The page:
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Vancouver’s 100-mile carbon hot spots

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Environment Canada calculated $25 a while back. The famous Stern Review for the UK government calculated $23 a few years ago. All of these are remarkably close the B.C. Carbon Tax rate of $25 per tonne of CO2, which increases to $30 next summer. As insurance statistics are highlighting, the social cost of climate pollution is increasing over time as our weather systems become more energized and destructive.

This series will use the B.C. Carbon Tax rate as a rough approximation of the economic damage to humans from each tonne of CO2. Using that, here are the annual climate damages for each of our 100-mile hot spots:

  • $69 million in damages from Vancouver city’s carbon emissions. City residents pay 92 per cent of that via carbon taxes. The rest comes from untaxed landfill emissions. Plans to reduce climate damages 33 per cent by 2020.
  • $37 million in damages from local cement manufacturers. They pay for about half. The other untaxed half comes from limestone as it is chemically altered to produce cement. Lobbying to exempt their exports.
  • $5 million in damages from local hothouse growers. They pay for all of it but are lobbying to stop paying.
  • $4 million in damages from BC Hydro’s Burrard Thermal based on a five year average. They pay for all of it and plan to reduce climate damages even more.
  • $255 million in damages from YVR flights. They pay only for a small percentage of climate damages caused only by B.C.-bound flights. They successfully lobbied B.C.'s Liberal government to remove existing B.C. fuel taxes on international flights. Also planning to cut fuel costs further by stopping buying mostly Canadian oil and instead tankering in jet fuel from Asia. Fighting against paying proposed EU carbon tax on flights to and from Europe starting next year. Plan to double annual climate damages by 2029. A text-book example of how free-loading on pollution damages enables biz plans that rapidly increase pollution damages. Here are three more examples…
  • $425 million in damages from Neptune coal shipments. Pays nothing for climate damages done by this coal. Short term plans to expand the climate damages they profit from by +50 per cent.
  • $1,300 million in damages from Pattison’s Westshore coal shipments. Pays nothing for climate damages done by this coal. Short term plans to expand climate damages they profit from by +33 per cent. B.C. Coal industries making record profits but paying nothing at any of the points in this profit chain for their climate damages.
  • $1,300 million in damages from Kinder Morgan’s TransMountain Pipeline to the earth's atmosphere. Some of this Albertan oil is sold in B.C., and so pays our carbon tax (with the exception of a billion+ litres sold at YVR). But from what I’ve been able to figure out, most of this pipeline’s oil leaves B.C. and evades paying for climate damages. The existing pipeline carries more oil than all of B.C. uses. But that isn’t enough apparently: Kinder Morgan has plans to more than double the oil flow and thus increase the climate damages they profit from by +144 per cent.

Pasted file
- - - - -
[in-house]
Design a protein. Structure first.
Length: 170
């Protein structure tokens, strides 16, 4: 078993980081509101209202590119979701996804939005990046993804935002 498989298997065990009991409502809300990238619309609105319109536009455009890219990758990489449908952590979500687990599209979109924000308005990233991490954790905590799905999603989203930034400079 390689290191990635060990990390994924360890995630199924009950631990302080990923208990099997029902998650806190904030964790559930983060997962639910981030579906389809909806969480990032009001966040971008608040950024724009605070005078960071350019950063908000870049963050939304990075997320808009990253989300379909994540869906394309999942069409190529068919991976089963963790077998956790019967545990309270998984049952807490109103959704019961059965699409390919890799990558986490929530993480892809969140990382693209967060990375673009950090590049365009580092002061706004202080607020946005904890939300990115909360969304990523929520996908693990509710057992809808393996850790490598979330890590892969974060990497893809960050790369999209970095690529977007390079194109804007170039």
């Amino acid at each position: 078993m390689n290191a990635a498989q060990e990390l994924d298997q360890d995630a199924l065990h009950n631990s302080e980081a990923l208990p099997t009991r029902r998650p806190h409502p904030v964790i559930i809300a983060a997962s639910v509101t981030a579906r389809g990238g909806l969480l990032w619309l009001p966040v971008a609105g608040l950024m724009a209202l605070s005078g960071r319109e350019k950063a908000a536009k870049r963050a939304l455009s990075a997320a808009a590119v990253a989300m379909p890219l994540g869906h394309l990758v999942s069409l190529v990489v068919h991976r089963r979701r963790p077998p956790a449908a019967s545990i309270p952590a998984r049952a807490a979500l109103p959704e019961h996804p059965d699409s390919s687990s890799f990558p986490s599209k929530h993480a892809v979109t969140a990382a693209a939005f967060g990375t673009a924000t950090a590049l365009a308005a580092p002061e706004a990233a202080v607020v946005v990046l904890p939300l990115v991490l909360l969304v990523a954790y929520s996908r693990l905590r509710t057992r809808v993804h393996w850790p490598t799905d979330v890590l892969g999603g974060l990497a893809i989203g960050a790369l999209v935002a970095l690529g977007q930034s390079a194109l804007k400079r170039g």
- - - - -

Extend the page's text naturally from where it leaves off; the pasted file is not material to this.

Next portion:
These economic damages to humans come in the form of droughts, floods, wildfires, storms, extreme weather, forest die-off, crop and livestock losses, extinction of economic species, increased diseases, death of corals reefs, collapsing fisheries and dislocation of millions of humans, among many other things.

For decades, economists have said that stopping climate change requires that carbon fuels pay the full price of their climate damages. British economist Sir Nicholas Stern, author of the UK government’s definitive report on climate change costs said:

"The problem of climate change involves a fundamental failure of markets: those who damage others by emitting greenhouse gases generally do not pay  ... Climate change is a result of the greatest market failure the world has seen. The evidence on the seriousness of the risks from inaction or delayed action is now overwhelming."

Around the world an increasing number of major carbon polluting economies -- including Europe, Australia, California, B.C., Quebec, a collection of U.S. states and soon several pilot regions in China -- are requiring that big chunks of their carbon pay for the damage it does. But in all these cases, some carbon pays for damages and some still doesn’t.

As this series will show, in our area, only the carbon sources that refuse to pay for most of the damage they profit from are still dramatically increasing that damage. Until we make all our carbon pay for the damage it does, our efforts to cut climate pollution everywhere else will be wiped out many times over.

Report card

I will end today’s introductory article with a quick report card on each of the eight local carbon hot spots. In follow-up articles this series will profile each of these hot spots to explain the unique issues, current controversies, damages vs. payments and possible solutions for each.

Note: A larger version of the landscape 100-mile carbon graphic can be found on the Visual Carbon website.

 

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